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Suppressive subtractive hybridization analysis of Rhipicephalus (Boophilus) microplus larval and adult transcript expression during attachment and feeding

Lew-Tabor, A.E., Moolhuijzen, P.M., Vance, M.E., Kurscheid, S., Valle, M.R., Jarrett, S., Minchin, C.M., Jackson, Louise A., Jonsson, N.N. and Bellgard, M.I. (2010) Suppressive subtractive hybridization analysis of Rhipicephalus (Boophilus) microplus larval and adult transcript expression during attachment and feeding. Veterinary Parasitology, 167 (2-4). pp. 304-320.

Link to Published Version: http://dx.doi.org/10.1016/j.vetpar.2009.09.033
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Abstract

Ticks, as blood-feeding ectoparasites, affect their hosts both directly and as vectors of viral, bacterial and protozoal diseases. The tick's mode of feeding means it must maintain intimate contact with the host in the face of host defensive responses for a prolonged time. The parasite-host interactions are characterized by the host response and parasite counter-response which result in a highly complex biological system that is barely understood. We conducted transcriptomic analyses utilizing suppressive subtractive hybridization (SSH) to identify transcripts associated with host attachment and feeding of larval, adult female and adult male ticks. Five SSH libraries resulted in 511 clones (assembled into 36 contigs and 90 singletons) from differentially expressed transcripts isolated from unattached frustrated larvae (95), feeding larvae (159), unattached frustrated adult female ticks (68), feeding adult female ticks (95) and male adult ticks (94 clones). Unattached 'frustrated' ticks were held in fabric bags affixed to cattle for up to 24 h to identify genes up-regulated prior to host penetration. Sequence analysis was based on BLAST, Panther, KOG and domain (CDD) analyses to assign functional groups for proteins including: cuticle proteins, enzymes (ATPases), ligand binding (histamine binding), molecular chaperone (prefoldin), nucleic acid binding (ribosomal proteins), putative salivary proteins, serine proteases, stress response (heat shock, glycine rich) and transporters. An additional 63% of all contigs and singletons were novel R. microplus transcripts or predicted proteins of unknown function. Expression was confirmed using quantitative real time PCR analysis of selected transcripts. This is the first comprehensive analysis of the R. microplus transcriptome from multiple stages of ticks and assists to elucidate the molecular events during tick attachment and development.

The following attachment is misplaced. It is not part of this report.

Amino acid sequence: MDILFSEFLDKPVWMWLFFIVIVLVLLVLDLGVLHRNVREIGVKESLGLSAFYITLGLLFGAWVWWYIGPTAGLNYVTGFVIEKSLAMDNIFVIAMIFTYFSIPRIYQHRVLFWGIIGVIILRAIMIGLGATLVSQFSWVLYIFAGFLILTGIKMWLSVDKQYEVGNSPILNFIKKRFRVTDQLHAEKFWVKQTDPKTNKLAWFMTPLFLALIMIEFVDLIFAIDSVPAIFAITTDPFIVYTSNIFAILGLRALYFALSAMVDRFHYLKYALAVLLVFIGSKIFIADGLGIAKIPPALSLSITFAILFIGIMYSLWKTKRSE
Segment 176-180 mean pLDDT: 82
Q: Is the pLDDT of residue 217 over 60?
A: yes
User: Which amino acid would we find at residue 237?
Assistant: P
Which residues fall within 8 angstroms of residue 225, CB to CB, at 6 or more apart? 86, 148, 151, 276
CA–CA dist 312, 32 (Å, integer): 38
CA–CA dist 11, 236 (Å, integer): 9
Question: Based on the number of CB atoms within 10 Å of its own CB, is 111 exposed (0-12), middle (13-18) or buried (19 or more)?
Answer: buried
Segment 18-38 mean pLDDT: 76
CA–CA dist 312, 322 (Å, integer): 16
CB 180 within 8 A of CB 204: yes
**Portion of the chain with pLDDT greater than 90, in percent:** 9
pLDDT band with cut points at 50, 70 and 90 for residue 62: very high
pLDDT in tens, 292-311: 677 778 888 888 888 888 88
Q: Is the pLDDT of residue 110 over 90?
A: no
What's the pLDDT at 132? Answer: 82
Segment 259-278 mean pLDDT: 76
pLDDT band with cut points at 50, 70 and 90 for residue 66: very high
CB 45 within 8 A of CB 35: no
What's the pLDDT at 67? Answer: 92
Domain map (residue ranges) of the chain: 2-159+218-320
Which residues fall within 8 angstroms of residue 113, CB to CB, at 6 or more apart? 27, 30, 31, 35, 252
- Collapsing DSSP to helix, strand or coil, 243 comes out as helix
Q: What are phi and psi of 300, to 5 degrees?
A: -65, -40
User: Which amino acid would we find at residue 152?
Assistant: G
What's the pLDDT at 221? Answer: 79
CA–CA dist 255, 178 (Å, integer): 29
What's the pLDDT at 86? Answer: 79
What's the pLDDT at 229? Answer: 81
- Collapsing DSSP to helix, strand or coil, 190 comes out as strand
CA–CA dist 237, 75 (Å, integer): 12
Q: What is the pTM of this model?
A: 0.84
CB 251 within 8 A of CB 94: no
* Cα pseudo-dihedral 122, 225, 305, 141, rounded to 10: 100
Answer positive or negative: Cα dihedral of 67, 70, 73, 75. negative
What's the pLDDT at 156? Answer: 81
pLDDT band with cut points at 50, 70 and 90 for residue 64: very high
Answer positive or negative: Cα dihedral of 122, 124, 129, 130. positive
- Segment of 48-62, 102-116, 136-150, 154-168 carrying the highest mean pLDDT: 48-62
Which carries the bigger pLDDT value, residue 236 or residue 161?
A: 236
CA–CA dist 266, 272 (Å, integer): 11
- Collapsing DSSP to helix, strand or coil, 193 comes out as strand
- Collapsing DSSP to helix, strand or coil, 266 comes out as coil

Publication Type: Journal Article
Murdoch Affiliation: Centre for Comparative Genomics
Publisher: Elsevier BV
Copyright: Crown Copyright © 2009.
URI: http://researchrepository.murdoch.edu.au/id/eprint/5000
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